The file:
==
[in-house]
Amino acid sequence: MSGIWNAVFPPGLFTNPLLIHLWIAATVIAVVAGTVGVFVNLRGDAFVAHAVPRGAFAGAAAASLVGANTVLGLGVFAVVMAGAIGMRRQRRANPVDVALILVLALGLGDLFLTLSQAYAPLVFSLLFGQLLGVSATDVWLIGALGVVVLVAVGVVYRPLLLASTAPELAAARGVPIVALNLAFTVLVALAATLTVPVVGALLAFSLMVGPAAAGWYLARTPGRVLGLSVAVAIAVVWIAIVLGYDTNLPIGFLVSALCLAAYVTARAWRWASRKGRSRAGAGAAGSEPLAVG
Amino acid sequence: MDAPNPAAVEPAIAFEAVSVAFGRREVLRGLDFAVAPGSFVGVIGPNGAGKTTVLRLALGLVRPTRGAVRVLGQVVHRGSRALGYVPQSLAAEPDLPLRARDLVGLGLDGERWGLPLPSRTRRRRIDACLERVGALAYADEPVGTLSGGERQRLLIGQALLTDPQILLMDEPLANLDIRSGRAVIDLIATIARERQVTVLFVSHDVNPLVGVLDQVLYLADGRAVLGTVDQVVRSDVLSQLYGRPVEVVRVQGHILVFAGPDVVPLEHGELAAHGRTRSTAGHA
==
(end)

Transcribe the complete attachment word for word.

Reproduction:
[in-house]
Amino acid sequence: MSGIWNAVFPPGLFTNPLLIHLWIAATVIAVVAGTVGVFVNLRGDAFVAHAVPRGAFAGAAAASLVGANTVLGLGVFAVVMAGAIGMRRQRRANPVDVALILVLALGLGDLFLTLSQAYAPLVFSLLFGQLLGVSATDVWLIGALGVVVLVAVGVVYRPLLLASTAPELAAARGVPIVALNLAFTVLVALAATLTVPVVGALLAFSLMVGPAAAGWYLARTPGRVLGLSVAVAIAVVWIAIVLGYDTNLPIGFLVSALCLAAYVTARAWRWASRKGRSRAGAGAAGSEPLAVG
Amino acid sequence: MDAPNPAAVEPAIAFEAVSVAFGRREVLRGLDFAVAPGSFVGVIGPNGAGKTTVLRLALGLVRPTRGAVRVLGQVVHRGSRALGYVPQSLAAEPDLPLRARDLVGLGLDGERWGLPLPSRTRRRRIDACLERVGALAYADEPVGTLSGGERQRLLIGQALLTDPQILLMDEPLANLDIRSGRAVIDLIATIARERQVTVLFVSHDVNPLVGVLDQVLYLADGRAVLGTVDQVVRSDVLSQLYGRPVEVVRVQGHILVFAGPDVVPLEHGELAAHGRTRSTAGHA